- Local recycle center
- Water treatment plant
- Nature Center
- Environmental Action Council
- Watershed Council
- Parks and Recreation department of your county
- Local or National parks
- Lakes and rivers
- Water treatment plant
- The Sierra Club
- The Nature Conservancy
These lesson plans provide background and discussions for understanding different environmental issues and our responsibility.
The following lesson plans were written to explore the importance of clean water, the water cycle, and what happens when water systems are contaminated.
The Lorax guide provides before, during, and after-reading discussion questions. This classic children’s tale is a timeless call to protect and preserve our natural resources. The Lorax explores the interconnected world of nature and the possible damage if we don’t act responsibly. This book demonstrates the all-too-real consequences for careless consumption and greed. The reader is challenged to develop empathy for the animals and plants who share our planet and stand up for the voiceless.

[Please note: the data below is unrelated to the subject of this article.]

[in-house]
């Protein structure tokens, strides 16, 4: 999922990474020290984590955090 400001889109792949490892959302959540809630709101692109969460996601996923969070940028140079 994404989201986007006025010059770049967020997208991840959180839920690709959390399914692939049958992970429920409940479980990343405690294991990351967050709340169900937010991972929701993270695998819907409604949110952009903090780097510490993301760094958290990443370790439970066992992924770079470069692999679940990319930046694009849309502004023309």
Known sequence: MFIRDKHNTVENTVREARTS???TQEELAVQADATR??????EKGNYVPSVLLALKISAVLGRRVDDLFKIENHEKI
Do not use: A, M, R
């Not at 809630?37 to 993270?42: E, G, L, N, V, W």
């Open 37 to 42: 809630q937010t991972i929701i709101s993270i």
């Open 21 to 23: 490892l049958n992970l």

Seeds of Change literature guide provides discussion questions for this true story of Nobel Peace Prize winner Wangari Mathaai is an inspiring tale of environmental activism and the power each one of us has to help protect our world.
Service action may be direct, indirect, advocacy, research, or a combination of these.
River and Environment Health
- Take a survey of the health of your ecosystem by sampling critters and plants. Research and gather data on life in the local rivers, health of the surrounding area, quality and quantity of animals and plant life. Share this information with environmental organizations or participate in their count days.
- Take water samples of a local river at various points on the river. Find out how to treat pollution.
Learn scientific testing methods of water and soil; analyze and share data collected with other yourh and leaders in the watershed.
- Research the sources and effects of lead on children and adults. Find out how to get rid of lead in homes. Research how diet can reduce the effects of lead. Advocate for meals high in iron and calcium to combat lead exposure.
- Test lead levels in school drinking fountains.
Ask the city for a report on lead levels for families or seniors in your community. Share the information with affected families.
Water BottlesSimple Safe Service Guide: Reduce Plastics